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    Author(s): Pamela J. Jakes; Linda Kruger; Martha Monroe; Victoria Sturtevant
    Date: 2004
    Source: In: 3rd International Symposium on Human Behaviour in Fire: Public Fire Safety - Professionals in Partnership; 2004 Sept 1-3; Belfast, NI. London, UK: Interscience Communications: 139-150
    Publication Series: Scientific Journal (JRNL)
    Station: North Central Research Station
    PDF: View PDF  (1.15 MB)

    Description

    By almost any measure, the past decade has been severe in terms of wildland fire in the United States (Table 1). The National Interagency Fire Center (NIFC) maintains a list of ''Historically Significant Wildfires" in the US. - fires that are significant in terms of acres burned, value of the resources destroyed, or lives or property lost. Of the 34 significant fires listed by NIFC, half have occurred since 1990. Many of these fires burned in the wildland-urban interface - the area where homes and other structures or human development intermingle with undeveloped wildland or vegetative fuels. As many structural fire fighters can attest, fire protection no longer focuses exclusively on building materials and design, but must include vegetation near the structure and across the landscape. Similarly, wildland fire fighters are finding that they now spend a significant portion of their resources protecting homes rather than forests and other natural assets. As observed by a ranger on the Custer National Forest in the state of Montana, "We're not fighting fires in the woods anymore but saving houses."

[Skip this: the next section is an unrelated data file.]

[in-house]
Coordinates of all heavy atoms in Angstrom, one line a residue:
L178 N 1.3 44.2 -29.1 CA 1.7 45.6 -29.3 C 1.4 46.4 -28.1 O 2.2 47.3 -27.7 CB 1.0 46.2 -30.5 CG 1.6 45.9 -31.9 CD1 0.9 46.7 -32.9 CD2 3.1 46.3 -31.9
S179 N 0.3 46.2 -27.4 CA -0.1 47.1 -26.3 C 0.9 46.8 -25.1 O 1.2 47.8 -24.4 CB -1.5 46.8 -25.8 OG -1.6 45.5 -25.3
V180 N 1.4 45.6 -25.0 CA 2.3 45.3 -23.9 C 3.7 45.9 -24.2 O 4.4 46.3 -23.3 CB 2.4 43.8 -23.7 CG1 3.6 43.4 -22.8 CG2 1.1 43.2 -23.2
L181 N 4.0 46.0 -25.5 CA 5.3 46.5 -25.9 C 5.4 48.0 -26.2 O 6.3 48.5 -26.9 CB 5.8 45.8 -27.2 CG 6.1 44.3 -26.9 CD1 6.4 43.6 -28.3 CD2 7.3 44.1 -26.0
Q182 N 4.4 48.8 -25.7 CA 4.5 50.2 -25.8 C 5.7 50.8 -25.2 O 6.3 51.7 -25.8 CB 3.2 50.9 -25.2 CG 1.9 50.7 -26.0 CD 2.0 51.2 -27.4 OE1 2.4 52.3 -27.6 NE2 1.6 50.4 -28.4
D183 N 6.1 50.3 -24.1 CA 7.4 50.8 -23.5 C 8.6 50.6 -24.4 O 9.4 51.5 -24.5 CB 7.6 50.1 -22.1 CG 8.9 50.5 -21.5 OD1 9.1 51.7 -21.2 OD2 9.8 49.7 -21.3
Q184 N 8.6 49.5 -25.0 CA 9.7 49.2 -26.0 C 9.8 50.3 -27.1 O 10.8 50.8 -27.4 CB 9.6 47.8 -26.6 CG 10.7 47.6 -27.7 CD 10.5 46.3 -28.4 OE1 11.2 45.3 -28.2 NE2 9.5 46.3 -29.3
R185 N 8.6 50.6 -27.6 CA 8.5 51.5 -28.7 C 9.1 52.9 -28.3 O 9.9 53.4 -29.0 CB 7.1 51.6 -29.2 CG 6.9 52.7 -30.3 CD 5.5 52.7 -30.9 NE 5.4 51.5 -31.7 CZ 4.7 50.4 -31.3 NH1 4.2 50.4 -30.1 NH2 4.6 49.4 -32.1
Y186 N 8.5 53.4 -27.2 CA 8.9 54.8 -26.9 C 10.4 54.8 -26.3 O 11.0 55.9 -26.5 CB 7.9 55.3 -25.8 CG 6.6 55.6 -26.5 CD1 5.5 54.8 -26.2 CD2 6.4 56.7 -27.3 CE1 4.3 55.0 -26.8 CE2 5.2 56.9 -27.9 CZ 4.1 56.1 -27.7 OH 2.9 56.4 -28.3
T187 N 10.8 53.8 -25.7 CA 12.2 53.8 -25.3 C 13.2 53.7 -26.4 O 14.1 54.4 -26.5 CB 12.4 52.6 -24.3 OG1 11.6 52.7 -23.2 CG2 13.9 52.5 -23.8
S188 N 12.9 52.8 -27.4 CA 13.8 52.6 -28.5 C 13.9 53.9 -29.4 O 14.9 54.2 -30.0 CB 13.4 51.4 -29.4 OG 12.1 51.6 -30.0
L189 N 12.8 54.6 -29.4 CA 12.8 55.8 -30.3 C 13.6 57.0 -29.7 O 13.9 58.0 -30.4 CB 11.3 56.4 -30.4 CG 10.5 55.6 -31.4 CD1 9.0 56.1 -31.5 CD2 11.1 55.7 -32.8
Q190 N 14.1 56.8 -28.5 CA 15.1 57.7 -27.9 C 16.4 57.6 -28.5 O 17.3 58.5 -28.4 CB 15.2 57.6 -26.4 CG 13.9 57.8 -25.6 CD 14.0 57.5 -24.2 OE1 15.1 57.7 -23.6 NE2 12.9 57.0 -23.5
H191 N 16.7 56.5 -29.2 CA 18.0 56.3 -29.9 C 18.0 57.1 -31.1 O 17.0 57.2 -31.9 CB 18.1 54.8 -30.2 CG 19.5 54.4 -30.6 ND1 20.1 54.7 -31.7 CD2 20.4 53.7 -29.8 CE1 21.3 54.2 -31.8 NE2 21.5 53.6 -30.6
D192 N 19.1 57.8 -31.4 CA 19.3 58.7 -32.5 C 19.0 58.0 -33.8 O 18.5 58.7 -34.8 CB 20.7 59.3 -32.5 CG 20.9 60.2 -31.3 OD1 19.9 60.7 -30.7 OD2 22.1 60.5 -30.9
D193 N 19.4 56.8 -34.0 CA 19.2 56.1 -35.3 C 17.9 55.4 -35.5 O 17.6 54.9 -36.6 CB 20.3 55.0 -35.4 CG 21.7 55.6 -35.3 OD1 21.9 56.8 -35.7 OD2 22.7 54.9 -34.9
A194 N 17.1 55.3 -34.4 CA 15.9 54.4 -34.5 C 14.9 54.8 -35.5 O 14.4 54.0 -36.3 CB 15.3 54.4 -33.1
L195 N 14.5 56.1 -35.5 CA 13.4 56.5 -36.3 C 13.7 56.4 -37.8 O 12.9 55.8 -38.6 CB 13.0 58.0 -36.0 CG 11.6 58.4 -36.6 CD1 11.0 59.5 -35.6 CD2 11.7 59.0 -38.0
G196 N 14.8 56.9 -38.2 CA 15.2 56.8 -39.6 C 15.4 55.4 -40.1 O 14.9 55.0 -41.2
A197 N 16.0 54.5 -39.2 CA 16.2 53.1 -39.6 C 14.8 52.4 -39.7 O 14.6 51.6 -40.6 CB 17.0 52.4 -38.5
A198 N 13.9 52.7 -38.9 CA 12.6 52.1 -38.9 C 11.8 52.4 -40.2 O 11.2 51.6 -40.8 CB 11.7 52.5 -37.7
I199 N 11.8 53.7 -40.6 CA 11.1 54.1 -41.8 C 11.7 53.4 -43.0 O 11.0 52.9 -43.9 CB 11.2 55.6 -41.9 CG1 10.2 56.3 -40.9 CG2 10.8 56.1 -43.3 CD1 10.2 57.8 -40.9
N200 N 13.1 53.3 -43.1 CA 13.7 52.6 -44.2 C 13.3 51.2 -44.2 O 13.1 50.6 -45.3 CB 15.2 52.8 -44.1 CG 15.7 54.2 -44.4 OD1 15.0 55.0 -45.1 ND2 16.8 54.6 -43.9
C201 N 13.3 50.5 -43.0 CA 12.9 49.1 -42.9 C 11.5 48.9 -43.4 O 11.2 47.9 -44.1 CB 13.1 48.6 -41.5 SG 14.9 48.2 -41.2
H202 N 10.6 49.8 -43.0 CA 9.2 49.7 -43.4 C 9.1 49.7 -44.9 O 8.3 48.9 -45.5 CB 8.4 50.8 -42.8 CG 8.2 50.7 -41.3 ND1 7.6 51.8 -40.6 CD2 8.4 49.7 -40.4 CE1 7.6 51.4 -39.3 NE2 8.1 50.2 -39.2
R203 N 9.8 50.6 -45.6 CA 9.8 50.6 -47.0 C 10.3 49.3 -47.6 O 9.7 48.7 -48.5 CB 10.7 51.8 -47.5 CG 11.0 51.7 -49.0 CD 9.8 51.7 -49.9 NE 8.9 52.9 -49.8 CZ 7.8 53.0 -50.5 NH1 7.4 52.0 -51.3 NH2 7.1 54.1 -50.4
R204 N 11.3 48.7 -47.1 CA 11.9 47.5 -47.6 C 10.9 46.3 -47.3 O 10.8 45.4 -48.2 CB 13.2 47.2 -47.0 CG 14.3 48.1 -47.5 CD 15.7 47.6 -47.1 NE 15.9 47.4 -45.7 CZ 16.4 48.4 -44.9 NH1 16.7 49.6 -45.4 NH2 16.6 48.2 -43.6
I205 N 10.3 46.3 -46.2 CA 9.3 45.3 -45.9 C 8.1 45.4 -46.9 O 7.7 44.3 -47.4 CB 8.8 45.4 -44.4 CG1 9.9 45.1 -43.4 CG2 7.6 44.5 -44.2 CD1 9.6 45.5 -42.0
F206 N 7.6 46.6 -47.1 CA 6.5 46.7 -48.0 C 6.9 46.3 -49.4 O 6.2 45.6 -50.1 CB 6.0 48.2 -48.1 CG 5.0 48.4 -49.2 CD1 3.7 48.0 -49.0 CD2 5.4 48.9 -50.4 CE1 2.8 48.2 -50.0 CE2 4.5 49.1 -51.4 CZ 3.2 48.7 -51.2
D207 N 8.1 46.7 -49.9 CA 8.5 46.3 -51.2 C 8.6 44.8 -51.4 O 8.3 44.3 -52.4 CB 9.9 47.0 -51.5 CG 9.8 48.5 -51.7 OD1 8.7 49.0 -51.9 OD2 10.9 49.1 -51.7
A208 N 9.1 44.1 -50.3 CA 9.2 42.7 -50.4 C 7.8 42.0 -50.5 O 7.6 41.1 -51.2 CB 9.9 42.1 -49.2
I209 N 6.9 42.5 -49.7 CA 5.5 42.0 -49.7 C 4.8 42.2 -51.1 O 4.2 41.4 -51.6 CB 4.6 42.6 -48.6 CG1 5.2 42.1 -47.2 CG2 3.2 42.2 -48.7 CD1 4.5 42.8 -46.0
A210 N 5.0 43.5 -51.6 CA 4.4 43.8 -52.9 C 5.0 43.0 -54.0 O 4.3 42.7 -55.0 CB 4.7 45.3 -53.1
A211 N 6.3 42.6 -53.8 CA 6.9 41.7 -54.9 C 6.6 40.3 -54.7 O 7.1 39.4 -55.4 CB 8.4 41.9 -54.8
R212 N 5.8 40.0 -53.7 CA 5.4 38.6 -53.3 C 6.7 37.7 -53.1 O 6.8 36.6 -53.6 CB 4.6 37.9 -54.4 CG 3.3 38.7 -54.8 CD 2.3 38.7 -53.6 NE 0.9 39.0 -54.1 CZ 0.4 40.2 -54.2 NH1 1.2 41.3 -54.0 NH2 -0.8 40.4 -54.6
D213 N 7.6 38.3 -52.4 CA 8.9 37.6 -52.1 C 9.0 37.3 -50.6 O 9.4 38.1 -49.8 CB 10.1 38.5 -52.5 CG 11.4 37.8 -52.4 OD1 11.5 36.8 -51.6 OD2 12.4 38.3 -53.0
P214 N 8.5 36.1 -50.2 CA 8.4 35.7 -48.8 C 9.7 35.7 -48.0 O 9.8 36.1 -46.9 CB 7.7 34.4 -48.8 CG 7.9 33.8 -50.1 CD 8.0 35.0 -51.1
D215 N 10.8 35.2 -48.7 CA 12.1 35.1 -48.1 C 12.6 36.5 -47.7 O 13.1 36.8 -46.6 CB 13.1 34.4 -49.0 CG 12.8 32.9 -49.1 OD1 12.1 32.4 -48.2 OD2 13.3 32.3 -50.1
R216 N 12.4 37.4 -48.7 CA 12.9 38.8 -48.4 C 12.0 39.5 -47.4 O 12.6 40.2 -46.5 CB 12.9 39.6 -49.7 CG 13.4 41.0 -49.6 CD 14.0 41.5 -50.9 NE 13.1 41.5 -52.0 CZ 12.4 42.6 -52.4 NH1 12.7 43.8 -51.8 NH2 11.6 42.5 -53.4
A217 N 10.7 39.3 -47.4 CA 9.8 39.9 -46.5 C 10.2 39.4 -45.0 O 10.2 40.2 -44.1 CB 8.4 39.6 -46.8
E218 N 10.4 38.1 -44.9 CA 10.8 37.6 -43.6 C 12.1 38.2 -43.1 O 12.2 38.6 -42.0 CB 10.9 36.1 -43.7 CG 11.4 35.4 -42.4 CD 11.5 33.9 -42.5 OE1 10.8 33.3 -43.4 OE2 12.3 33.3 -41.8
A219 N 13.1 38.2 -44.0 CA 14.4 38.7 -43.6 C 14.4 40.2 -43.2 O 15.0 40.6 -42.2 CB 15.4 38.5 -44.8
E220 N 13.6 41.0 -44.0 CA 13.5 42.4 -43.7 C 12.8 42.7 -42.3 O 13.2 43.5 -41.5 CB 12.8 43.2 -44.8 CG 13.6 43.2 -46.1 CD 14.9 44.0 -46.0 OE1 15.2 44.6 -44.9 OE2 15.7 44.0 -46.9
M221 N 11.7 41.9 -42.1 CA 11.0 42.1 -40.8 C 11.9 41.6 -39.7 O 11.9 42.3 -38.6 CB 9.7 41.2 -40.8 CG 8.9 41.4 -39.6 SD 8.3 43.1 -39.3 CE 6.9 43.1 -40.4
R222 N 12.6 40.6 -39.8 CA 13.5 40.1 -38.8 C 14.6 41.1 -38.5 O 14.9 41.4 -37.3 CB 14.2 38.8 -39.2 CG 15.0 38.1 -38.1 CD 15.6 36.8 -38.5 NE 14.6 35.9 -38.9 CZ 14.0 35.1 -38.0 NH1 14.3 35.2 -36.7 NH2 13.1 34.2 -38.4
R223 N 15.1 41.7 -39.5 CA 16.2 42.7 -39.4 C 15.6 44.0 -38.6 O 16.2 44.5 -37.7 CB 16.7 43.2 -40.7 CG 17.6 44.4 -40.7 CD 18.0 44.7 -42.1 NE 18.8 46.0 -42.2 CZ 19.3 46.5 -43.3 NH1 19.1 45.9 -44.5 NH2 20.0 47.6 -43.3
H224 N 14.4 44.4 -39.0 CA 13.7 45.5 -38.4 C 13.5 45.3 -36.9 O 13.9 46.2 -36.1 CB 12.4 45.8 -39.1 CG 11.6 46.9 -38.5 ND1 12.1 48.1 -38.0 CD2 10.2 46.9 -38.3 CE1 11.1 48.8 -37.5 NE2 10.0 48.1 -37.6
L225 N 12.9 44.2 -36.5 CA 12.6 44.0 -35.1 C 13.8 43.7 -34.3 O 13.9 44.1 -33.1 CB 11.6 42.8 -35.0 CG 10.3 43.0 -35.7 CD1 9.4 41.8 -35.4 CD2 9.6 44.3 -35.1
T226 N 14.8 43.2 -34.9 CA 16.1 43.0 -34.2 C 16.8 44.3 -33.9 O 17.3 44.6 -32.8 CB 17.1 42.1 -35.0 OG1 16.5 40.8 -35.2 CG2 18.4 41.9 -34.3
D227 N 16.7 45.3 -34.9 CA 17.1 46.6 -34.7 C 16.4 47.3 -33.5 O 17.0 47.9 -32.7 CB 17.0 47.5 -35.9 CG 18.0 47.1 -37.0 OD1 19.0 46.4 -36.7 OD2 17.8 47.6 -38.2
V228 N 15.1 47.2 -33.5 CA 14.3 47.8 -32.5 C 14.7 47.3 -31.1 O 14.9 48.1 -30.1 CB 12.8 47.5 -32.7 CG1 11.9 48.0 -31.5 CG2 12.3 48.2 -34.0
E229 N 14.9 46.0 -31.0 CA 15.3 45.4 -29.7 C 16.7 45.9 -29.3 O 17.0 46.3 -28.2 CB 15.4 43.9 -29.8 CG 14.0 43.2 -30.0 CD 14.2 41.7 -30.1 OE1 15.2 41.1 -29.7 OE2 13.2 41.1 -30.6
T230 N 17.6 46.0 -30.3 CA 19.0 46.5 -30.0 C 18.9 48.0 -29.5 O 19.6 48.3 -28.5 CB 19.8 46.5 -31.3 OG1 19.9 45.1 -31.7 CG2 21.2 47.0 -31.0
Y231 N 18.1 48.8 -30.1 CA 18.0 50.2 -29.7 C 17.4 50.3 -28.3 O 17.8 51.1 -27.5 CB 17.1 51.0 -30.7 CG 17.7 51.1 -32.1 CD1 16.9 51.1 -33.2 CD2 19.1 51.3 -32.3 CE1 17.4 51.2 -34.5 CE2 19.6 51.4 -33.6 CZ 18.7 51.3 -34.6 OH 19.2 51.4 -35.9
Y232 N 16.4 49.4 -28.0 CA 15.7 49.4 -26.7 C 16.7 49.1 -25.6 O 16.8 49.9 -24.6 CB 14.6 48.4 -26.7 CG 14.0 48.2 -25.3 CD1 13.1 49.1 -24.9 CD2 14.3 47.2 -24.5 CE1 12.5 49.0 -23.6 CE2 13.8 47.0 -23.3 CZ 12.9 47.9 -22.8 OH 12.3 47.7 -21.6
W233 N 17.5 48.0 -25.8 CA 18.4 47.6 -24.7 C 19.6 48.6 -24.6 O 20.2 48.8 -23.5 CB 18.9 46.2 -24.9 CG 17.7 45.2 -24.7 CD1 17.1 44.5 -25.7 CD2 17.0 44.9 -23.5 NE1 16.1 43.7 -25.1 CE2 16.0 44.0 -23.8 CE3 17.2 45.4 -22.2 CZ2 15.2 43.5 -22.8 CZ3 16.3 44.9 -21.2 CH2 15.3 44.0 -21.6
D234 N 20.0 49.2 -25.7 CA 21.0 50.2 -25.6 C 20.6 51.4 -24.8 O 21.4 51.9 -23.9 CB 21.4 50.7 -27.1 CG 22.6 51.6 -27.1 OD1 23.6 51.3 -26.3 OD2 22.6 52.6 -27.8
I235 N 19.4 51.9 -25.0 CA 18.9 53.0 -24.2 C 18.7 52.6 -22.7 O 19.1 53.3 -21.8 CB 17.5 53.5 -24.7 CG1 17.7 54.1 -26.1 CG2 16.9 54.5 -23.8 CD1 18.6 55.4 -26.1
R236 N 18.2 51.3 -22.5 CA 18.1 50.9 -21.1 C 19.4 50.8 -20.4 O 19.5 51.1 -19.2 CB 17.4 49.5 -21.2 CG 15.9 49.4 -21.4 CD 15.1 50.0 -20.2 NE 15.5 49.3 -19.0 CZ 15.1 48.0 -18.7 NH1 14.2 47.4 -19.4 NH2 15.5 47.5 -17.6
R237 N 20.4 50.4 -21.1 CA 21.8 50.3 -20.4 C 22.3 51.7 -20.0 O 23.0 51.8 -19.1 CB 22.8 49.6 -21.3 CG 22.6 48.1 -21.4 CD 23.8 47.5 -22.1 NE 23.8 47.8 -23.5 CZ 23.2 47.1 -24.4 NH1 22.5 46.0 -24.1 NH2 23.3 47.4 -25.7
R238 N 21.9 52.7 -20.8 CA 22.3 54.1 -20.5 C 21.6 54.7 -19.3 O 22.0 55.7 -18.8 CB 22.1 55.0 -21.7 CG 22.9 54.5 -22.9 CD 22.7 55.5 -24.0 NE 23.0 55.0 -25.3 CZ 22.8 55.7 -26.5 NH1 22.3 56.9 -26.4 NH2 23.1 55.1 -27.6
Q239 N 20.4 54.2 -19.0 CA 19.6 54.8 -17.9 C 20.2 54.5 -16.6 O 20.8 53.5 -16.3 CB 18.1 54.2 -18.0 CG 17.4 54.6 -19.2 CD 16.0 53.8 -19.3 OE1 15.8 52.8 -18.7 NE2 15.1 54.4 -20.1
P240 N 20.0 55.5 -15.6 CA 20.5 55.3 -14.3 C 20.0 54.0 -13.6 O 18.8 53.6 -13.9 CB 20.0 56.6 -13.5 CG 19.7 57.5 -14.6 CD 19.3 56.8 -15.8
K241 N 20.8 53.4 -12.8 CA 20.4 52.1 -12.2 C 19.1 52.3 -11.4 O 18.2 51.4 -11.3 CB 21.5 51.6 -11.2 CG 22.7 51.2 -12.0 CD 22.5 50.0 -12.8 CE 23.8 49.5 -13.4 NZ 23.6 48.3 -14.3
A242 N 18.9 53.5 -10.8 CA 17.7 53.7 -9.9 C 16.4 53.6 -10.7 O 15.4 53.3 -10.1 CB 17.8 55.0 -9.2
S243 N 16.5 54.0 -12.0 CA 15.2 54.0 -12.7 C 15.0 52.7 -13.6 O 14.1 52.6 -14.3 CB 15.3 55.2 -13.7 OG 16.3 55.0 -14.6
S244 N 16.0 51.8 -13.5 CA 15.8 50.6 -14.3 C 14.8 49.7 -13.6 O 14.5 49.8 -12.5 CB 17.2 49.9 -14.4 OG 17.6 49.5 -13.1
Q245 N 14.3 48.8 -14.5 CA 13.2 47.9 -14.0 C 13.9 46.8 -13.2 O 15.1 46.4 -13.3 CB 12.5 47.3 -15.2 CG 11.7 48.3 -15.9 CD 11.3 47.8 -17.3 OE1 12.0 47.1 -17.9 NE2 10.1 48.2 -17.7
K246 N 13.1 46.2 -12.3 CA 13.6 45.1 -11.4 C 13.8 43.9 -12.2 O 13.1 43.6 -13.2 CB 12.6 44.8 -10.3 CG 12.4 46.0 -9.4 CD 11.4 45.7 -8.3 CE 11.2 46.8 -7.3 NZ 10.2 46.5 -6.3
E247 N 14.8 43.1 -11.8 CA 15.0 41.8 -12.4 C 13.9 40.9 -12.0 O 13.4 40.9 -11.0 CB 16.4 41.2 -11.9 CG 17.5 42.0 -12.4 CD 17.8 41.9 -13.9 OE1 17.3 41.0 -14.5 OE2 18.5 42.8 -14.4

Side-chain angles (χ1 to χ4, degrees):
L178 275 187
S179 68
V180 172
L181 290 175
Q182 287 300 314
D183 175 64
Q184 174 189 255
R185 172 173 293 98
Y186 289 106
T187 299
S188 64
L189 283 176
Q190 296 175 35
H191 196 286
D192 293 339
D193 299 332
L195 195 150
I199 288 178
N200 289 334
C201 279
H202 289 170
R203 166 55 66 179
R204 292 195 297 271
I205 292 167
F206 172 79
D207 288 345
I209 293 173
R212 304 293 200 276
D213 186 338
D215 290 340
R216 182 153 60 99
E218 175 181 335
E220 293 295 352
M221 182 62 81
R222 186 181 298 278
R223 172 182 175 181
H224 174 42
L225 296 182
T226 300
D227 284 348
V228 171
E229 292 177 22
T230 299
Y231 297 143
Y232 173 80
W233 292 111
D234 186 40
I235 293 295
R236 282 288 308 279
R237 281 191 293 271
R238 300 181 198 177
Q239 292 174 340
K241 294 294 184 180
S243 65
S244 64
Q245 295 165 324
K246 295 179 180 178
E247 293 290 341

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    Citation

    Jakes, Pamela J.; Kruger, Linda; Monroe, Martha; Nelson, Kristen; Sturtevant, Victoria. 2004. Partners in wildland fire preparedness: lessons from communities in the U.S. In: 3rd International Symposium on Human Behaviour in Fire: Public Fire Safety - Professionals in Partnership; 2004 Sept 1-3; Belfast, NI. London, UK: Interscience Communications: 139-150

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